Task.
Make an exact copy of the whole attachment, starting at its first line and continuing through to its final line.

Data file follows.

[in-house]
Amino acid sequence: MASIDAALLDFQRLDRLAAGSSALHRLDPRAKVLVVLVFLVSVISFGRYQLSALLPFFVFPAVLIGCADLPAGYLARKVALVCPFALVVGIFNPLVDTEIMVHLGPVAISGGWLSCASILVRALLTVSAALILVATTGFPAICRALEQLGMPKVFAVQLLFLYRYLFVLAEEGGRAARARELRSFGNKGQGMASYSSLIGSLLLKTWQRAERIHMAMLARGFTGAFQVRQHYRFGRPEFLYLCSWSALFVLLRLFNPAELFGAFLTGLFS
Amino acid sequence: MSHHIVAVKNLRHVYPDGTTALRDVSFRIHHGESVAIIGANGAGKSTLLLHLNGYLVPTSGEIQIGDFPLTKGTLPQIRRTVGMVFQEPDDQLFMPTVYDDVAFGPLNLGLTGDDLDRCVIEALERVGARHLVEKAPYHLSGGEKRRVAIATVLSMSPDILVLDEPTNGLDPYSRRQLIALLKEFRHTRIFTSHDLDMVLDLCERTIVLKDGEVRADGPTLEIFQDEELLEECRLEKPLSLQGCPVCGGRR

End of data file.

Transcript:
[in-house]
Amino acid sequence: MASIDAALLDFQRLDRLAAGSSALHRLDPRAKVLVVLVFLVSVISFGRYQLSALLPFFVFPAVLIGCADLPAGYLARKVALVCPFALVVGIFNPLVDTEIMVHLGPVAISGGWLSCASILVRALLTVSAALILVATTGFPAICRALEQLGMPKVFAVQLLFLYRYLFVLAEEGGRAARARELRSFGNKGQGMASYSSLIGSLLLKTWQRAERIHMAMLARGFTGAFQVRQHYRFGRPEFLYLCSWSALFVLLRLFNPAELFGAFLTGLFS
Amino acid sequence: MSHHIVAVKNLRHVYPDGTTALRDVSFRIHHGESVAIIGANGAGKSTLLLHLNGYLVPTSGEIQIGDFPLTKGTLPQIRRTVGMVFQEPDDQLFMPTVYDDVAFGPLNLGLTGDDLDRCVIEALERVGARHLVEKAPYHLSGGEKRRVAIATVLSMSPDILVLDEPTNGLDPYSRRQLIALLKEFRHTRIFTSHDLDMVLDLCERTIVLKDGEVRADGPTLEIFQDEELLEECRLEKPLSLQGCPVCGGRR